Say goodbye to those routine trips to the bank. Wells Fargo Bank is testing a mobile app that allows customers to quickly and easily deposit a check from anywhere. You simply take a photo of the back and front of a check, and then follow the steps to submit the check for deposit. The check should be marked as deposited and can be destroyed after several days.
Sounds easy enough, but has the app been thoroughly tested? Testing for the banking app began in May in Washington and Arizona. From there, the team slowly released the app in more states for testing. According to Gordon Oliver of The Columbian, the test was carefully planned:
“Washington was selected as an early test site because of its combination of a large urban population with a strong technology presence, as well as a vast rural area where residents might have to travel great distances for banking services. The new service appeals to both populations, he said. ‘We thought Washington was a great (test) market,’ [Brian Pearce, a project development manager] said, adding that he doesn’t know how many Washingtonians are using the new service.”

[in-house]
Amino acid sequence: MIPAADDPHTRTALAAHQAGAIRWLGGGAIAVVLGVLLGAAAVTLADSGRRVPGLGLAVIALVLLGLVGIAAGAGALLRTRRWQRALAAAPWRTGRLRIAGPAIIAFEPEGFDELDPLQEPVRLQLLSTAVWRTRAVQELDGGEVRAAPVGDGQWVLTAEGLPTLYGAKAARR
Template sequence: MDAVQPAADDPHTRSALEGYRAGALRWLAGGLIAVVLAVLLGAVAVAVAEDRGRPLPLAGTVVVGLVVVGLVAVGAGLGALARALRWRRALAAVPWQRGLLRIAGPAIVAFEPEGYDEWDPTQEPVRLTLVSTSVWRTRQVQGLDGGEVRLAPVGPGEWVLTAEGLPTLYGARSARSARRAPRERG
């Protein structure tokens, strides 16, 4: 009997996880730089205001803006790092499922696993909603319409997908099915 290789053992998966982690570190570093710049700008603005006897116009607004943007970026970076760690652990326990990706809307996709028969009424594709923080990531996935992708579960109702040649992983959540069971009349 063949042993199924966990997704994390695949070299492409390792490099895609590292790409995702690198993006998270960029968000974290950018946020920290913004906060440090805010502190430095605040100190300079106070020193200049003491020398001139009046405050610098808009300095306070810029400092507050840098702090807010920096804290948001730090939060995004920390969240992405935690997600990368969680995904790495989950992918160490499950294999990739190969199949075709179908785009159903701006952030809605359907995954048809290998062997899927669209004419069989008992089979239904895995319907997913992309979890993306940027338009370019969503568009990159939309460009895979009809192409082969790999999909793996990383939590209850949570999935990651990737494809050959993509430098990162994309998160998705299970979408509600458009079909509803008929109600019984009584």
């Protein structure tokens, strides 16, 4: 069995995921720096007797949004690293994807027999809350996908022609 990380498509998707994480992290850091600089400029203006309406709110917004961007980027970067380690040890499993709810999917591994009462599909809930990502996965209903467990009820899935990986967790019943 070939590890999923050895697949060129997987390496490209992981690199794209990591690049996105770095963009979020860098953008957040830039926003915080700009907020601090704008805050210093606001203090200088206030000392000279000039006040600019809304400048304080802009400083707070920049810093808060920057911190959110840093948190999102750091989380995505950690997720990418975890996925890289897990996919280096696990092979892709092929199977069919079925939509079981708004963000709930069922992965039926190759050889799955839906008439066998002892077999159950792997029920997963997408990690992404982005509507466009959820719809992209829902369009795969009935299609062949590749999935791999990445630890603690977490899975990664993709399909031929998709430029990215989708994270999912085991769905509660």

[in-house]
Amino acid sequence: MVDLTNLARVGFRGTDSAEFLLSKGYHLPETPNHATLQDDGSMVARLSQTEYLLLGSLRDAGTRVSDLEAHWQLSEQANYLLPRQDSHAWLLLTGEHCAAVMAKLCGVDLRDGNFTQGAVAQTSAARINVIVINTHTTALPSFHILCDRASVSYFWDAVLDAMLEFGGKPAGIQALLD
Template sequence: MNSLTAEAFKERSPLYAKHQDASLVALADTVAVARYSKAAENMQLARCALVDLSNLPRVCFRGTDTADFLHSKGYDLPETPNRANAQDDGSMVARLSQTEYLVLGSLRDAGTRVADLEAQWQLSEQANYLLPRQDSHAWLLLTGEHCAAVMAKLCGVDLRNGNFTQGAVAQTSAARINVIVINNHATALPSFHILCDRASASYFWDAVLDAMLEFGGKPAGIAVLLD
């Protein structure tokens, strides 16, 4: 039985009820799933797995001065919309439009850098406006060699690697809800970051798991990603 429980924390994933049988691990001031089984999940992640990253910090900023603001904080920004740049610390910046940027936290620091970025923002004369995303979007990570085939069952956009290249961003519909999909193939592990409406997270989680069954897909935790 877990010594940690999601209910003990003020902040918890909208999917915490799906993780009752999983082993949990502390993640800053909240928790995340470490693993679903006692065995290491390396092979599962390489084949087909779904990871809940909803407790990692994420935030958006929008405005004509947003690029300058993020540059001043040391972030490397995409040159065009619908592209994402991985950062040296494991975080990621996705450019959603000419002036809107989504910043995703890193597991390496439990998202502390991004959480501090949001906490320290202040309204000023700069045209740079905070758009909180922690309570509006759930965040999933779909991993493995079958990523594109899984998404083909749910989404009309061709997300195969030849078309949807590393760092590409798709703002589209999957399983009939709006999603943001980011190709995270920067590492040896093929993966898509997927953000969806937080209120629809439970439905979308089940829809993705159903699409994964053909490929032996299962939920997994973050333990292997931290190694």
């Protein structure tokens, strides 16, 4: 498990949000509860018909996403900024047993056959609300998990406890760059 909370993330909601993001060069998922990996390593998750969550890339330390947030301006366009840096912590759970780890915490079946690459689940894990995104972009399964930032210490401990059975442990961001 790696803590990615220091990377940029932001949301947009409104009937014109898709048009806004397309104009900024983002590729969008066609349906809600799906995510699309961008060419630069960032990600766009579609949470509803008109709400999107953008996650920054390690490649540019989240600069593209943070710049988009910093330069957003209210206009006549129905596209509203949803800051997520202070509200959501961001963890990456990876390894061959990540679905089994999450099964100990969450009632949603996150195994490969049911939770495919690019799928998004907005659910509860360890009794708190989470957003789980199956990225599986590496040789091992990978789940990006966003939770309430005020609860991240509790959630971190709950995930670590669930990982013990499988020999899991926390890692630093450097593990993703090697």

Pearce and the rest of the project development team are smart to plan and test in different, carefully selected locations. However, the team needs to thoroughly monitor the testing process. The developers should be tracking how many people are using the service and regularly verifying that issues are bugs are being reported. A banking app, more than any other app, is at risk for security threats. Any risks and vulnerabilities must be reported prior to launch, because without proper test reporting the application cannot be improved.
Wells Fargo is not the only bank making the mobile app shift. Other banks launching mobile apps include Citi Bank, JP Morgan Chase, Bank of America and several others.
Have you used a banking mobile app? What was your experience like? We would love to hear from you in the comments section.